Of course, there are going to be some curveballs: forget the confiscated ham sandwiches, there are going to be far larger post-Brexit bigger issues for suppliers and retailers to grapple with over the coming months. Several suppliers got in touch this week to highlight the challenges they’re facing when it comes to shipping products to Ireland – a country that one described as having been “cut off overnight.” A Brexit-supporting DUP MP pointed out this week that it couldn’t be Brexit causing these issues, as they weren’t happening in Scotland, Wales and England – until someone with a rudimentary grasp of the situation helpfully pointed out that none of those countries share a land border with an EU country. I genuinely wonder who votes for some of these people…
We also have an issue brewing with the current click & collect regulations: Scotland has decided to ban the practice for non-essential retailers from this weekend, while John Lewis has voluntarily abandoned its click & collect service, putting pressure on other retailers to follow suit. However, I am not sure it is quite as clear cut a decision as some might think. Playing devil’s advocate, was John Lewis’ decision purely altruistic, or were they just struggling to generate enough orders to cover costs? We will never know, but we do know that if many specialist retailers are forced to abandon their click & collect orders, it will be a massive blow for them. It will also presumably drive larger crowds to already over-crowded supermarkets. Providing click & collect services are structured safely (for both customers and staff), I think a ban would be overly draconian and possibly even counterproductive.
Specialist retailers are already frustrated that supermarkets and certain value retailers – the ones that have “2 metres of crisps, a metre of sweets and a fridge…in a 20,000 square foot shop” according to one of my retail friends – are allowed to stay open selling toys. Depriving them of offering click & collect facilities may be the final straw: no-one wants to see them paint their faces and turning up shirtless, wearing a fur hat with horns storming their local Home Bargains (although to be fair, Home Bargains probably has better security than the White House, which fell to the cast of Duck Dynasty last week…).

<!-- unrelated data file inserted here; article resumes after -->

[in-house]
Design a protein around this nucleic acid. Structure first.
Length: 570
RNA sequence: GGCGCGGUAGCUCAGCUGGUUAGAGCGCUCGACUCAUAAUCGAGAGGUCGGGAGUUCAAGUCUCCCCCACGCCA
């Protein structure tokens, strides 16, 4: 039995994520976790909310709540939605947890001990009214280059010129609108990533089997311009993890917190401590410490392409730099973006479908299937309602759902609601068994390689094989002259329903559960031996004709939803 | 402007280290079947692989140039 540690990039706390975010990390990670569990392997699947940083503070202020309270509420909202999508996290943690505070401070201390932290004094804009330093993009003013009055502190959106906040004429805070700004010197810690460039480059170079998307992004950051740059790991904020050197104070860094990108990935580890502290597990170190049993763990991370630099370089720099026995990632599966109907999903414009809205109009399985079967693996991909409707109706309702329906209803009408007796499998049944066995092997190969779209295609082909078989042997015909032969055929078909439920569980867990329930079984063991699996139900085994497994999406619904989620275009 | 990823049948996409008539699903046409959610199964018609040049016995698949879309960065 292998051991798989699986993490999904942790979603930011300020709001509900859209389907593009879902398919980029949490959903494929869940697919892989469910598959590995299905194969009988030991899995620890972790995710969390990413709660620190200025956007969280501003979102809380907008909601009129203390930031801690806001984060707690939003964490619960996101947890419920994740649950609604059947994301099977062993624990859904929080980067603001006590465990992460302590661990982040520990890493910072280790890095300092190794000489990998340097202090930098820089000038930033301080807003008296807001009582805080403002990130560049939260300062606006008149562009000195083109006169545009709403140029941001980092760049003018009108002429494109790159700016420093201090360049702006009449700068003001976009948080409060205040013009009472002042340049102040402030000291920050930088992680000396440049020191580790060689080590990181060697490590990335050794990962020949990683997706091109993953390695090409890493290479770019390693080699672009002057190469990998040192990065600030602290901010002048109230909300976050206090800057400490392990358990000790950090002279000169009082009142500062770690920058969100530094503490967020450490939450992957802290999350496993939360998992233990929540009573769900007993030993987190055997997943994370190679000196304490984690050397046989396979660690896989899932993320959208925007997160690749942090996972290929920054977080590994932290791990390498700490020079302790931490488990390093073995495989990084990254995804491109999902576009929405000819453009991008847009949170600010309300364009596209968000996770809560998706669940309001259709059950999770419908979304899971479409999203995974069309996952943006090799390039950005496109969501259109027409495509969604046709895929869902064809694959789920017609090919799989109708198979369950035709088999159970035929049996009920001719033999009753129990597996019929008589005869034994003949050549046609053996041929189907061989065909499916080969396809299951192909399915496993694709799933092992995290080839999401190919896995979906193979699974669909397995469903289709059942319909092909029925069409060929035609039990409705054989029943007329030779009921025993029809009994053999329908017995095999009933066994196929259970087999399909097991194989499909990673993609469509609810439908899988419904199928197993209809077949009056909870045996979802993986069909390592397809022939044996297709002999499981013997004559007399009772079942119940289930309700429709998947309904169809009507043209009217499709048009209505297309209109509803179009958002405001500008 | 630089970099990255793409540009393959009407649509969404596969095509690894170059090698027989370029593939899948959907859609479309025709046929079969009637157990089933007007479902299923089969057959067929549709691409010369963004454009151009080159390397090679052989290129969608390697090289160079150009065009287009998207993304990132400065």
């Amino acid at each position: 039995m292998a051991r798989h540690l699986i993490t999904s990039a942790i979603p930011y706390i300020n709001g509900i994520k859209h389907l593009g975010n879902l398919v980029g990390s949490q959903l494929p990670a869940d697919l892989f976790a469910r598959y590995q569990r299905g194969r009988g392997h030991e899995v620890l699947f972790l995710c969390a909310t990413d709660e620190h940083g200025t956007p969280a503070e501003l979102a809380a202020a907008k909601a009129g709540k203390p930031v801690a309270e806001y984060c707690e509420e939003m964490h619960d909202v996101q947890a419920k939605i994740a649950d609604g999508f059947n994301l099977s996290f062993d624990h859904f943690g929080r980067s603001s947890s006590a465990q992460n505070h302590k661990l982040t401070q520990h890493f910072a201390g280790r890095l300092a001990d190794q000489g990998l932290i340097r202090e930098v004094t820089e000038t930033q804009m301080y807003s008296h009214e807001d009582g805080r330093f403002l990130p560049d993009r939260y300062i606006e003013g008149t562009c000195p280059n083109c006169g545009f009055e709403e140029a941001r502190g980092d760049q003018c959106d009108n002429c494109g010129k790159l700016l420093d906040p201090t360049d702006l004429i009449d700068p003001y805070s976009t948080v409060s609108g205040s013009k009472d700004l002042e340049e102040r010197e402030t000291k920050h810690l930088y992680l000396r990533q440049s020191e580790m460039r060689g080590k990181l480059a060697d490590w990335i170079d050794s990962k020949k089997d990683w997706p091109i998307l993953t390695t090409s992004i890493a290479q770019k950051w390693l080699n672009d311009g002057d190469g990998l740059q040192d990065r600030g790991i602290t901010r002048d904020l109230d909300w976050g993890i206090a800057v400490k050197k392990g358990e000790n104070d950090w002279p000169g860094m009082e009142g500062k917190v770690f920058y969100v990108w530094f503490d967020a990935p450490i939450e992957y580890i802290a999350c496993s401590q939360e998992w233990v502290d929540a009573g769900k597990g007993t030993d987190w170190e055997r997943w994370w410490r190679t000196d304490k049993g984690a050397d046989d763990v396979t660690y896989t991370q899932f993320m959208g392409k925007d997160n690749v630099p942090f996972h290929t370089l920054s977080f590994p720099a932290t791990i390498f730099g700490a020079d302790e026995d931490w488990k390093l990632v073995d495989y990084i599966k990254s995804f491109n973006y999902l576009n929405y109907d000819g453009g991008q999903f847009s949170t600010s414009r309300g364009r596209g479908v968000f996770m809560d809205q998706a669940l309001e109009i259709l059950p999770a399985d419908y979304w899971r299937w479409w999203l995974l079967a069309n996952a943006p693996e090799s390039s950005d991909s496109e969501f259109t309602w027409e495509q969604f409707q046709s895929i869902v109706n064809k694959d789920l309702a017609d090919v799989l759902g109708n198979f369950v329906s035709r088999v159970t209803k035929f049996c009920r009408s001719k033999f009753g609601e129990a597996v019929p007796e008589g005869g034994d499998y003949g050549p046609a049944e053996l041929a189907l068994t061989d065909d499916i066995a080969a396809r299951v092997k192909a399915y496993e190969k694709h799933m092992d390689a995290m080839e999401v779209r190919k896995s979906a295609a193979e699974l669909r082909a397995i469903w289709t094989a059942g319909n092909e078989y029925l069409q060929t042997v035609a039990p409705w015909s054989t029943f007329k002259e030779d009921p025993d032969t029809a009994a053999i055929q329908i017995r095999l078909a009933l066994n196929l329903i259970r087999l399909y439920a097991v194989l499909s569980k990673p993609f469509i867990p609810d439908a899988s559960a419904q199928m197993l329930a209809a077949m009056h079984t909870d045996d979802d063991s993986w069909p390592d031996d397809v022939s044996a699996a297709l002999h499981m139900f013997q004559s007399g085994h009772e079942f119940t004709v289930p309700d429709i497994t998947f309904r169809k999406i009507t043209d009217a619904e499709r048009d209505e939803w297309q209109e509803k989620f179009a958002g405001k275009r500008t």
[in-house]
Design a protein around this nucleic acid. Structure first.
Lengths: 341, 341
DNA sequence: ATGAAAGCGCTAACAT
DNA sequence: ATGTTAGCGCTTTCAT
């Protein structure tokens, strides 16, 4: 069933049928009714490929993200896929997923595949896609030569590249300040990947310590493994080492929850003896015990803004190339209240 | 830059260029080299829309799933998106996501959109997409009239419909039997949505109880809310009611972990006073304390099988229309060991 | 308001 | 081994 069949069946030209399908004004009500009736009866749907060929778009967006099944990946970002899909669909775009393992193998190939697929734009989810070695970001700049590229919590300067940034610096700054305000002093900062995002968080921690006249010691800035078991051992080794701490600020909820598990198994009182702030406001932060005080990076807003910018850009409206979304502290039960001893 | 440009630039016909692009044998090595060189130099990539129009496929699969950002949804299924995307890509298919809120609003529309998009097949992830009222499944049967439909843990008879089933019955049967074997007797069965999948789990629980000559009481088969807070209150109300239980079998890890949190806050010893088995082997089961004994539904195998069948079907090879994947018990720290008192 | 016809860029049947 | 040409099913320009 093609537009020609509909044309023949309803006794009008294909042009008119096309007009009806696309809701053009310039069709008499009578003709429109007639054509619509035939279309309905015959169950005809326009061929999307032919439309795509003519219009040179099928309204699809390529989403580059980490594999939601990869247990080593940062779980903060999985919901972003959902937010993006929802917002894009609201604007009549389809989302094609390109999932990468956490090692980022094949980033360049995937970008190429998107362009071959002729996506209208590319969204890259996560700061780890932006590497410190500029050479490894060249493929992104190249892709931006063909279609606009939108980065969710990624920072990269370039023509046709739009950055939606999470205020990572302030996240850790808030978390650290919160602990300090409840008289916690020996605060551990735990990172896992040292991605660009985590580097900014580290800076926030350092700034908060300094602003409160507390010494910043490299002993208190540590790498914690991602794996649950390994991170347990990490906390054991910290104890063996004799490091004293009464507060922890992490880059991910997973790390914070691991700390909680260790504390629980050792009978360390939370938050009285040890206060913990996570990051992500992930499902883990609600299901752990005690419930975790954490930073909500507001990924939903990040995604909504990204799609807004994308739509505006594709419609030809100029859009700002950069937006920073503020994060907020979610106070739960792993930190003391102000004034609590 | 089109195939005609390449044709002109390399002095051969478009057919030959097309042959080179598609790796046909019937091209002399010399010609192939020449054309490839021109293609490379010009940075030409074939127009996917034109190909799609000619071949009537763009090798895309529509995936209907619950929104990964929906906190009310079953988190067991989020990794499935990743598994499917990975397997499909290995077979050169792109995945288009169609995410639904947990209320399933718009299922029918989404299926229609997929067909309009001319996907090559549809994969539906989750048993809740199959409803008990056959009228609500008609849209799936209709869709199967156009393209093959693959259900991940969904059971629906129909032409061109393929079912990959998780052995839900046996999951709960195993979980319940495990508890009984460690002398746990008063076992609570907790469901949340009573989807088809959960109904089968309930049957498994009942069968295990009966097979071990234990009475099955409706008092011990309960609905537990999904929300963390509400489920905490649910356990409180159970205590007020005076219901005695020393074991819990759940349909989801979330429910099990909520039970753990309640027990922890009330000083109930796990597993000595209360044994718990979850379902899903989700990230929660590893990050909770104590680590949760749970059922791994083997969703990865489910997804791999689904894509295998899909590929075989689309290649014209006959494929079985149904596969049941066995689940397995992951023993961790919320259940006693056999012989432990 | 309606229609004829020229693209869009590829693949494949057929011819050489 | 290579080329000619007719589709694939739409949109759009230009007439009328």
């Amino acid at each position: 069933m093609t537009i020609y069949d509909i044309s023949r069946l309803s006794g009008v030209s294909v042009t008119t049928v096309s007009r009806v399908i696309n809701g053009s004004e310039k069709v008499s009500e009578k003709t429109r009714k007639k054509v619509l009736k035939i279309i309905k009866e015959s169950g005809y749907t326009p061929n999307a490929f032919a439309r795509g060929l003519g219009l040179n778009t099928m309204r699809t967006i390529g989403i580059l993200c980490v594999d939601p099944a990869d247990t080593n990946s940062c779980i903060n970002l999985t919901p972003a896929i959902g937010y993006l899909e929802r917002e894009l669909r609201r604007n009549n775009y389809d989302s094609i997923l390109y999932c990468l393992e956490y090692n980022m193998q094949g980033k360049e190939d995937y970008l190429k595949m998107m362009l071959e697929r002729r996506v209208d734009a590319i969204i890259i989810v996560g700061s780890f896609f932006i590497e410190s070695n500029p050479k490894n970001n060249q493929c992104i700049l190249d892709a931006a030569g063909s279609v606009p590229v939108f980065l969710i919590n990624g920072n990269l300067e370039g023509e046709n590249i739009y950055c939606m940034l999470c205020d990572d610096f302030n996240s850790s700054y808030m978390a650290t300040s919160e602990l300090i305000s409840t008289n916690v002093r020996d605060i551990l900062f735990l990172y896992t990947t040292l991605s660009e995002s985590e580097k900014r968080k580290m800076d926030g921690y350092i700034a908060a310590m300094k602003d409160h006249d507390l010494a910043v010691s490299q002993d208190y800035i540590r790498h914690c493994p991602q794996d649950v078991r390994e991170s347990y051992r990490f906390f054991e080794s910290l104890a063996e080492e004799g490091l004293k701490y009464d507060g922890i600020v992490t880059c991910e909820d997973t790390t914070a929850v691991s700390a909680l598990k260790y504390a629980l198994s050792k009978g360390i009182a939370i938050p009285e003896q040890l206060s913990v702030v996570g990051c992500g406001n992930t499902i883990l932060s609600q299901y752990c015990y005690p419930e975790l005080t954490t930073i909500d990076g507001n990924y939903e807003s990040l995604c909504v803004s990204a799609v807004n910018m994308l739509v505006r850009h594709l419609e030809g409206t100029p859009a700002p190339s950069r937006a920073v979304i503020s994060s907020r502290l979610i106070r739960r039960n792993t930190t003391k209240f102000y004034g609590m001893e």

So yes, another year of challenges awaits – but I have every confidence in the toy community’s ability to triumph over adversity once more. New ranges are looking good and buzz is already building around some new potential crazes – Among Us is being talked up massively, so Darran Garnham must be delighted that his new Toikido venture has picked up global master toy rights for the brand. Suppliers and retailers are coming off the back of a year that turned out far better than anyone could have anticipated. And, above all, kids (and adults it seems) have an abiding love of toys. Take this quote from an article printed in The Telegraph last week: “There was a hopeful feeling for a busy Christmas, for…even if people are economising generally, they can always show generosity when the happiness and enjoyment of the children are involved.” Truly timeless sentiments…literally timeless in fact: the quote came from an article first printed on Saturday November 20th, 1920 – 100 years ago. You know that adage we all learn shortly after we come into the toy market about parents making sure their kids don’t go short at Christmas – it’s actually a century old. Tale as old as time…